Thursday, May 7, 2009

Satyam Fake Profits May Have Earned Chairman Raju $600 Million

B. Ramalinga Raju, accused of committing India’s biggest corporate fraud, and associates may have made as much as 30 billion rupees ($605 million) from transactions in shares of Satyam Computer Services Ltd. as the price soared on fake profits, an official at the Ministry of Corporate Affairs said.

Raju, 54, and the others slashed their combined holding in the software company, once India’s fourth-largest, to 1.5 percent last year from 25 percent in 2001, according to the official, who has seen the 14,000-page report on Satyam by the government’s Serious Fraud Investigation Office. The person declined to be identified because the report isn’t yet public.

If prosecutors can prove he forged documents and profited from increased share prices fueled by fraudulent accounting, Raju may face life in prison, the official said. The former Satyam chairman was arrested in January after saying he falsified accounts that went undetected for years. His revelation led to lawsuits from investors in the U.S. and new disclosure rules by Indian regulators.

“Where has the money gone? We need to know the real beneficiaries,” said Prakash Shah, secretary of the Mumbai- based Investor Education and Welfare Association, a not-for- profit organization set up in the wake of a 1992 securities scandal. “The small investors, the innocent persons, have been duped.”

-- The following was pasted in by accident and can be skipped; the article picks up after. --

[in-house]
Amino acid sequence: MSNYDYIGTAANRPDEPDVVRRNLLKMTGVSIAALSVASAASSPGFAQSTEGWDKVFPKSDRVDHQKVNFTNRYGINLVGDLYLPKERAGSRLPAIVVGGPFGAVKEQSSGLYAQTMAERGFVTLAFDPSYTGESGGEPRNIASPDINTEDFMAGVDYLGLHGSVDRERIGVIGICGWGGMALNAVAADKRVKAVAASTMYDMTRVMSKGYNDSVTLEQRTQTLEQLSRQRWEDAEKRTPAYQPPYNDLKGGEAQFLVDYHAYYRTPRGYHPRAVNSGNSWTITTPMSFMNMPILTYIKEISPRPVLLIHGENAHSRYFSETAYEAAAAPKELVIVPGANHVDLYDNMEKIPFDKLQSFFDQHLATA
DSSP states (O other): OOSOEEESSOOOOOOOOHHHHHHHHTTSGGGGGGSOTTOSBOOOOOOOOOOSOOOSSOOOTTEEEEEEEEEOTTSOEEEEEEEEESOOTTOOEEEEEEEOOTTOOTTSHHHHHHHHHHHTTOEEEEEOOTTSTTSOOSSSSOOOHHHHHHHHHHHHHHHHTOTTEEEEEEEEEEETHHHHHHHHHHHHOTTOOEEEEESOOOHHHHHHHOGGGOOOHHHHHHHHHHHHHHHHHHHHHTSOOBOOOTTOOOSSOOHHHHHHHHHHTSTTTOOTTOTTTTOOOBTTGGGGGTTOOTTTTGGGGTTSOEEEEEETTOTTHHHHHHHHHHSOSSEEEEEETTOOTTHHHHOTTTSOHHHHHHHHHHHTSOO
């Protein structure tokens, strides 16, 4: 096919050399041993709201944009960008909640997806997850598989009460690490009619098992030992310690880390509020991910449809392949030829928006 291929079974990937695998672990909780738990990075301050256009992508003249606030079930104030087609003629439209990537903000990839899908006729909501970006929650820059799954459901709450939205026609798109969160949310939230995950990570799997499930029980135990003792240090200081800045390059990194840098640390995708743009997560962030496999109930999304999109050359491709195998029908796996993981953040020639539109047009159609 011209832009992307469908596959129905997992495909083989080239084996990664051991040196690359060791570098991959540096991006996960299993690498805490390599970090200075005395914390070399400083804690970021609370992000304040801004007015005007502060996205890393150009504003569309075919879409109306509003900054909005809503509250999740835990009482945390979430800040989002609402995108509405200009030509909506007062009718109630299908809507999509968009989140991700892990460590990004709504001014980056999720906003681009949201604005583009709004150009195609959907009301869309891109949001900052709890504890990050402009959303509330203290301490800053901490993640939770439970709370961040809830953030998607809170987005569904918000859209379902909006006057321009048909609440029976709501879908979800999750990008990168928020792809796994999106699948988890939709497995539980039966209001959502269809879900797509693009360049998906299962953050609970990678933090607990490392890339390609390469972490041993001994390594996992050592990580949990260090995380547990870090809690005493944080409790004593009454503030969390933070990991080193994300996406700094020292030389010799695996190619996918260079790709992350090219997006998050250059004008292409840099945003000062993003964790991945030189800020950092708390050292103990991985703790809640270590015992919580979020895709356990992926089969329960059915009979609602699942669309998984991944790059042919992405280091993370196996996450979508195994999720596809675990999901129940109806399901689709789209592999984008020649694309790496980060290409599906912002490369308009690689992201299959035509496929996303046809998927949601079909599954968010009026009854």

Raju and associates may have gained from stock sales and pledging some equity holdings as collateral, the ministry official said.

Board Dismissed

Satyam shares more than doubled in the 7 1/2 years to Sept. 30, according to data compiled by Bloomberg. They have plunged 75 percent since Raju’s Jan. 7 statement, filed with the Bombay Stock Exchange, that he reported more than $1 billion of cash and assets in Satyam’s accounts that didn’t exist.

Raju is being held in a Hyderabad jail following his arrest on Jan. 9.

After Raju’s disclosures, India’s government dismissed Satyam’s board and appointed new directors to find a buyer for the software exporter, whose clients include Cisco Systems Inc. and Nestle SA. Tech Mahindra Ltd., the Pune, India-based software company partly owned by BT Group Plc, bought a 31 percent stake in Satyam last month.

Other charges Raju faces carry a maximum penalty of seven years in jail under the Indian Penal Code.

Raju hasn’t been given a copy of the SFIO’s findings, S. Bharat Kumar, his lawyer, said in a telephone interview on May 4 from Hyderabad, where Satyam is based and Raju lives.

‘Out of Context’

“They are selectively leaking the information to the press,” he said. “The matter is being quoted out of context, and it’s defamatory.”

Archana Muthappa, a spokeswoman for Satyam, declined to comment on the investigations. K.K. Pant, spokesman for the Ministry of Corporate Affairs, wouldn’t comment on the SFIO report.

The SFIO submitted its findings to the ministry last month. It is one of the government agencies inquiring into Satyam, along with the Central Bureau of Investigation and the Securities and Exchange Board of India, the market regulator. The CBI filed eight charges in a Hyderabad court on April 7 against Raju and eight other people, including his younger brother Rama Raju, 50, and former Chief Financial Officer Srinivas Vadlamani.